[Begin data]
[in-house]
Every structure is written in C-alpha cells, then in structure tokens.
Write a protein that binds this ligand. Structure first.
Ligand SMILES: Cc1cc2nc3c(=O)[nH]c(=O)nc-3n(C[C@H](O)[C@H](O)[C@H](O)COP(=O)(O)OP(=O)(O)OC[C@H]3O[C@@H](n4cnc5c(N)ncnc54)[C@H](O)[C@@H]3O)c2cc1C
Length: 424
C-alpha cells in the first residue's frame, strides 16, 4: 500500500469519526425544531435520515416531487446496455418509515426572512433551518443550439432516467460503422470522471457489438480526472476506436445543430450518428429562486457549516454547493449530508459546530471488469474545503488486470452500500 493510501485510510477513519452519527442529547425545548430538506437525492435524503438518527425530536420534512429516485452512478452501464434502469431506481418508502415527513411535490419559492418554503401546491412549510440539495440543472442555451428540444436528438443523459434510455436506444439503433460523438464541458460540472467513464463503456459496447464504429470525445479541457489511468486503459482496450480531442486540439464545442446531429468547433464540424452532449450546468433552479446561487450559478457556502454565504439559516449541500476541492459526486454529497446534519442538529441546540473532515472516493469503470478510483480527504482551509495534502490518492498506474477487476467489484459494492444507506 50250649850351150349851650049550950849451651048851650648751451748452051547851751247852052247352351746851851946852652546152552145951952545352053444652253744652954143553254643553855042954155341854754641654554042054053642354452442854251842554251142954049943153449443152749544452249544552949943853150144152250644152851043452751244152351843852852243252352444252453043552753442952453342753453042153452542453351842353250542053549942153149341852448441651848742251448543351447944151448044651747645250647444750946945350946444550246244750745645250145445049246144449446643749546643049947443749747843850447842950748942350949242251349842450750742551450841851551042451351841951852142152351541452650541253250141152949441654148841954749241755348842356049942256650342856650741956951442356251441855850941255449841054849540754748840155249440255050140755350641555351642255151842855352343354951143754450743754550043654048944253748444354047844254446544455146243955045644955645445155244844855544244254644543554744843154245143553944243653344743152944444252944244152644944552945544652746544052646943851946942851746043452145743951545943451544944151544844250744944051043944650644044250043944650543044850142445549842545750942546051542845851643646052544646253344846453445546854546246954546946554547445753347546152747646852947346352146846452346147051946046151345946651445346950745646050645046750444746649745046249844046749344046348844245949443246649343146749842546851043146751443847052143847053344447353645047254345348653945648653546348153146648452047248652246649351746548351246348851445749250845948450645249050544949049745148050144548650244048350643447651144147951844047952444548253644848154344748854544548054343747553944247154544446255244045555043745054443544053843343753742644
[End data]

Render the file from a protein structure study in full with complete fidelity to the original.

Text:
[in-house]
Every structure is written in C-alpha cells, then in structure tokens.
Write a protein that binds this ligand. Structure first.
Ligand SMILES: Cc1cc2nc3c(=O)[nH]c(=O)nc-3n(C[C@H](O)[C@H](O)[C@H](O)COP(=O)(O)OP(=O)(O)OC[C@H]3O[C@@H](n4cnc5c(N)ncnc54)[C@H](O)[C@@H]3O)c2cc1C
Length: 424
C-alpha cells in the first residue's frame, strides 16, 4: 500500500469519526425544531435520515416531487446496455418509515426572512433551518443550439432516467460503422470522471457489438480526472476506436445543430450518428429562486457549516454547493449530508459546530471488469474545503488486470452500500 493510501485510510477513519452519527442529547425545548430538506437525492435524503438518527425530536420534512429516485452512478452501464434502469431506481418508502415527513411535490419559492418554503401546491412549510440539495440543472442555451428540444436528438443523459434510455436506444439503433460523438464541458460540472467513464463503456459496447464504429470525445479541457489511468486503459482496450480531442486540439464545442446531429468547433464540424452532449450546468433552479446561487450559478457556502454565504439559516449541500476541492459526486454529497446534519442538529441546540473532515472516493469503470478510483480527504482551509495534502490518492498506474477487476467489484459494492444507506 50250649850351150349851650049550950849451651048851650648751451748452051547851751247852052247352351746851851946852652546152552145951952545352053444652253744652954143553254643553855042954155341854754641654554042054053642354452442854251842554251142954049943153449443152749544452249544552949943853150144152250644152851043452751244152351843852852243252352444252453043552753442952453342753453042153452542453351842353250542053549942153149341852448441651848742251448543351447944151448044651747645250647444750946945350946444550246244750745645250145445049246144449446643749546643049947443749747843850447842950748942350949242251349842450750742551450841851551042451351841951852142152351541452650541253250141152949441654148841954749241755348842356049942256650342856650741956951442356251441855850941255449841054849540754748840155249440255050140755350641555351642255151842855352343354951143754450743754550043654048944253748444354047844254446544455146243955045644955645445155244844855544244254644543554744843154245143553944243653344743152944444252944244152644944552945544652746544052646943851946942851746043452145743951545943451544944151544844250744944051043944650644044250043944650543044850142445549842545750942546051542845851643646052544646253344846453445546854546246954546946554547445753347546152747646852947346352146846452346147051946046151345946651445346950745646050645046750444746649745046249844046749344046348844245949443246649343146749842546851043146751443847052143847053344447353645047254345348653945648653546348153146648452047248652246649351746548351246348851445749250845948450645249050544949049745148050144548650244048350643447651144147951844047952444548253644848154344748854544548054343747553944247154544446255244045555043745054443544053843343753742644